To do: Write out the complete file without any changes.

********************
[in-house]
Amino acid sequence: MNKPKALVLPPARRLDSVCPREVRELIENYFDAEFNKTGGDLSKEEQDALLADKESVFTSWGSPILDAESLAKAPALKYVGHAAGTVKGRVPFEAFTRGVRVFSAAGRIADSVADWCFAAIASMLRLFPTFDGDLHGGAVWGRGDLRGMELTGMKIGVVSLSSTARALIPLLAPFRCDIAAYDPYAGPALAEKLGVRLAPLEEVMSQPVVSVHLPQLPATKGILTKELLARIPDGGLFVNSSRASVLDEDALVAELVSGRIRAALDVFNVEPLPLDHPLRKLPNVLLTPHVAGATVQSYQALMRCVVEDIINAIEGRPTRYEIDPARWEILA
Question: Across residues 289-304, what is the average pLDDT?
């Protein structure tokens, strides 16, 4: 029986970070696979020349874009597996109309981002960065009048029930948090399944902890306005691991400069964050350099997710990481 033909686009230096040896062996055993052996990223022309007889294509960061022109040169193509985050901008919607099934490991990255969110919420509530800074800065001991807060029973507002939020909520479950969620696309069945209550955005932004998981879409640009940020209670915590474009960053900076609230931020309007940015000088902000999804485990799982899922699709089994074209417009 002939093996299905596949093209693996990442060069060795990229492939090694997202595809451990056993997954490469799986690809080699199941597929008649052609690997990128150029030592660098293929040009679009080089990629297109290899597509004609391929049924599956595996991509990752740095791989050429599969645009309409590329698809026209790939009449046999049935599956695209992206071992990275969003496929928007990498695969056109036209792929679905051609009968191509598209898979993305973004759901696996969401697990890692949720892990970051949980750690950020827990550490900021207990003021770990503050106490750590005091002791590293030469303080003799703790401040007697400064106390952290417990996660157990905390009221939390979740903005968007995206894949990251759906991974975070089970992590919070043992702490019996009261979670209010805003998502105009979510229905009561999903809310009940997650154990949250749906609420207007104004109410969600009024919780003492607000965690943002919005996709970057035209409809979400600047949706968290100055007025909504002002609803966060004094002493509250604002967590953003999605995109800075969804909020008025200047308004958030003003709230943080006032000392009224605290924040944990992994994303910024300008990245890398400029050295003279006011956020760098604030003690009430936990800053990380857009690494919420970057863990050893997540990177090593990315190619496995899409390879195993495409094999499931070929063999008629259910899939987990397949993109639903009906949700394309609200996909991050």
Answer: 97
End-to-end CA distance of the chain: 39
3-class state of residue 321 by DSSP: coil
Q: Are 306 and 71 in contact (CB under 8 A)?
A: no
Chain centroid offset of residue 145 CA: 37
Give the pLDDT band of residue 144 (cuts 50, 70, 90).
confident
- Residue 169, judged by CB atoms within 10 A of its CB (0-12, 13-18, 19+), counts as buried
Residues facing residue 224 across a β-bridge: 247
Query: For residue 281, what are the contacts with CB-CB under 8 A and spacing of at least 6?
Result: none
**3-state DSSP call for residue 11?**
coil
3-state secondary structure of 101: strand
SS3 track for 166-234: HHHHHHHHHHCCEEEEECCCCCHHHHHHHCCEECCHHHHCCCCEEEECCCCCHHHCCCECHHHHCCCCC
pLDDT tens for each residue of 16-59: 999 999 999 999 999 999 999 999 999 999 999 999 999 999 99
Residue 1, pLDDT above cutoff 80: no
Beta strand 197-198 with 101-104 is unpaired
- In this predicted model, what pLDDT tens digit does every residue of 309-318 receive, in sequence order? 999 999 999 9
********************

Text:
[in-house]
Amino acid sequence: MNKPKALVLPPARRLDSVCPREVRELIENYFDAEFNKTGGDLSKEEQDALLADKESVFTSWGSPILDAESLAKAPALKYVGHAAGTVKGRVPFEAFTRGVRVFSAAGRIADSVADWCFAAIASMLRLFPTFDGDLHGGAVWGRGDLRGMELTGMKIGVVSLSSTARALIPLLAPFRCDIAAYDPYAGPALAEKLGVRLAPLEEVMSQPVVSVHLPQLPATKGILTKELLARIPDGGLFVNSSRASVLDEDALVAELVSGRIRAALDVFNVEPLPLDHPLRKLPNVLLTPHVAGATVQSYQALMRCVVEDIINAIEGRPTRYEIDPARWEILA
Question: Across residues 289-304, what is the average pLDDT?
């Protein structure tokens, strides 16, 4: 029986970070696979020349874009597996109309981002960065009048029930948090399944902890306005691991400069964050350099997710990481 033909686009230096040896062996055993052996990223022309007889294509960061022109040169193509985050901008919607099934490991990255969110919420509530800074800065001991807060029973507002939020909520479950969620696309069945209550955005932004998981879409640009940020209670915590474009960053900076609230931020309007940015000088902000999804485990799982899922699709089994074209417009 002939093996299905596949093209693996990442060069060795990229492939090694997202595809451990056993997954490469799986690809080699199941597929008649052609690997990128150029030592660098293929040009679009080089990629297109290899597509004609391929049924599956595996991509990752740095791989050429599969645009309409590329698809026209790939009449046999049935599956695209992206071992990275969003496929928007990498695969056109036209792929679905051609009968191509598209898979993305973004759901696996969401697990890692949720892990970051949980750690950020827990550490900021207990003021770990503050106490750590005091002791590293030469303080003799703790401040007697400064106390952290417990996660157990905390009221939390979740903005968007995206894949990251759906991974975070089970992590919070043992702490019996009261979670209010805003998502105009979510229905009561999903809310009940997650154990949250749906609420207007104004109410969600009024919780003492607000965690943002919005996709970057035209409809979400600047949706968290100055007025909504002002609803966060004094002493509250604002967590953003999605995109800075969804909020008025200047308004958030003003709230943080006032000392009224605290924040944990992994994303910024300008990245890398400029050295003279006011956020760098604030003690009430936990800053990380857009690494919420970057863990050893997540990177090593990315190619496995899409390879195993495409094999499931070929063999008629259910899939987990397949993109639903009906949700394309609200996909991050």
Answer: 97
End-to-end CA distance of the chain: 39
3-class state of residue 321 by DSSP: coil
Q: Are 306 and 71 in contact (CB under 8 A)?
A: no
Chain centroid offset of residue 145 CA: 37
Give the pLDDT band of residue 144 (cuts 50, 70, 90).
confident
- Residue 169, judged by CB atoms within 10 A of its CB (0-12, 13-18, 19+), counts as buried
Residues facing residue 224 across a β-bridge: 247
Query: For residue 281, what are the contacts with CB-CB under 8 A and spacing of at least 6?
Result: none
**3-state DSSP call for residue 11?**
coil
3-state secondary structure of 101: strand
SS3 track for 166-234: HHHHHHHHHHCCEEEEECCCCCHHHHHHHCCEECCHHHHCCCCEEEECCCCCHHHCCCECHHHHCCCCC
pLDDT tens for each residue of 16-59: 999 999 999 999 999 999 999 999 999 999 999 999 999 999 99
Residue 1, pLDDT above cutoff 80: no
Beta strand 197-198 with 101-104 is unpaired
- In this predicted model, what pLDDT tens digit does every residue of 309-318 receive, in sequence order? 999 999 999 9